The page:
Paper by Erik D. Demaine

Reference:
Erik D. Demaine, Jayson Lynch, Geronimo J. Mirano, and Nirvan Tyagi, “Energy-Efficient Algorithms”, in Proceedings of the 7th Annual ACM Conference on Innovations in Theoretical Computer Science (ITCS 2016), Cambridge, Massachusetts, January 14–16, 2016, pages 321–332.

Abstract:
We initiate the systematic study of the energy complexity of algorithms (in addition to time and space complexity) based on Landauer's Principle in physics, which gives a lower bound on the amount of energy a system must dissipate if it destroys information. We propose energy-aware variations of three standard models of computation: circuit RAM, word RAM, and transdichotomous RAM. On top of these models, we build familiar high-level primitives such as control logic, memory allocation, and garbage collection with zero energy complexity and only constant-factor overheads in space and time complexity, enabling simple expression of energy-efficient algorithms. We analyze several classic algorithms in our models and develop low-energy variations: comparison sort, insertion sort, counting sort, breadth-first search, Bellman-Ford, Floyd-Warshall, matrix all-pairs shortest paths, AVL trees, binary heaps, and dynamic arrays. We explore the time/space/energy trade-off and develop several general techniques for analyzing algorithms and reducing their energy complexity. These results lay a theoretical foundation for a new field of semi-reversible computing and provide a new framework for the investigation of algorithms.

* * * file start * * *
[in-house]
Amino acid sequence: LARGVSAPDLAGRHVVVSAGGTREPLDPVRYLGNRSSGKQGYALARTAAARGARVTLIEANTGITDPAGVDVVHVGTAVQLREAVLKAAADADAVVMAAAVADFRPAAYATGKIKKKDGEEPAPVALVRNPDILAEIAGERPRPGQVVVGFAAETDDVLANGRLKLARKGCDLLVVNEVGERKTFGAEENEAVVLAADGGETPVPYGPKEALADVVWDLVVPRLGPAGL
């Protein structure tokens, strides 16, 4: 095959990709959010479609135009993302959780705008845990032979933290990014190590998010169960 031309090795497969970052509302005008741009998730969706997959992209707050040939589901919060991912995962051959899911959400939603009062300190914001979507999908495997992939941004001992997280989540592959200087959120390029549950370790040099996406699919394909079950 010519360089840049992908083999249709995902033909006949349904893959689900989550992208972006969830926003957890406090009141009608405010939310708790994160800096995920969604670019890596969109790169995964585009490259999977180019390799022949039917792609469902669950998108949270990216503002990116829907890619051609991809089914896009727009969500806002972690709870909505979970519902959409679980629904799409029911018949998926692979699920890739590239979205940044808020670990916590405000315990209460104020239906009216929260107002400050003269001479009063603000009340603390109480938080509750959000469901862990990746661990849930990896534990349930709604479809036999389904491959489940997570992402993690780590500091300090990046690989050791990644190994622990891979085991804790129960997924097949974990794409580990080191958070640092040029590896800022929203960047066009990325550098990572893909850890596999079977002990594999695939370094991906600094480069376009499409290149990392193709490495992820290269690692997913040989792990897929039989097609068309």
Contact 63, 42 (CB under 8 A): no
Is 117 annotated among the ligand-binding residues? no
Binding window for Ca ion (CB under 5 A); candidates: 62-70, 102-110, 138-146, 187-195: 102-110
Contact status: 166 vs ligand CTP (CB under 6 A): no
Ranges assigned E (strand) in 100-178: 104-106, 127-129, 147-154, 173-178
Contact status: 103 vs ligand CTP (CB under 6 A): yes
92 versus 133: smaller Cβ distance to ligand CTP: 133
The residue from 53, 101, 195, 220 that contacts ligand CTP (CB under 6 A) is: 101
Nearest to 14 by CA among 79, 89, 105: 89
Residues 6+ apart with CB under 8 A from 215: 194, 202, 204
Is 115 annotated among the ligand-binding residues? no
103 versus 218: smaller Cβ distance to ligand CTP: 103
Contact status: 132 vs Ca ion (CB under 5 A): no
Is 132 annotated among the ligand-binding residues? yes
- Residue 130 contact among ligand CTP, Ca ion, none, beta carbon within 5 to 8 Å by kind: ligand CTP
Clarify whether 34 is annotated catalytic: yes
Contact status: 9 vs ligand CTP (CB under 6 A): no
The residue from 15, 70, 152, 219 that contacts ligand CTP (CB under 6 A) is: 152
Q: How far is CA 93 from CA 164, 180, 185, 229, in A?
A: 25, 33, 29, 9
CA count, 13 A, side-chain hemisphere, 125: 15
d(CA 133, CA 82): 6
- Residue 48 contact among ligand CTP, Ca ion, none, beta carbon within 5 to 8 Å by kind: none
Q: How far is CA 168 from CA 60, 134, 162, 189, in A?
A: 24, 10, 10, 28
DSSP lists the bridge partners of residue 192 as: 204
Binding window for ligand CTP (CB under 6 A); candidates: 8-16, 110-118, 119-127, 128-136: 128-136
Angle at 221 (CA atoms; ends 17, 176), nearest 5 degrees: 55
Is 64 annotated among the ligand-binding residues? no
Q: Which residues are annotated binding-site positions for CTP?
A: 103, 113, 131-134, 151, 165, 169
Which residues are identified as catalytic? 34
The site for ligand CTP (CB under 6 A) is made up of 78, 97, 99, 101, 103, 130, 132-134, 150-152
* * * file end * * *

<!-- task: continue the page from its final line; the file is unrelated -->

Availability:
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Related papers:
EnergyCompiler_RC2016 (Toward an Energy Efficient Language and Compiler for (Partially) Reversible Algorithms)


See also other papers by Erik Demaine.
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Last updated March 21, 2017 by Erik Demaine.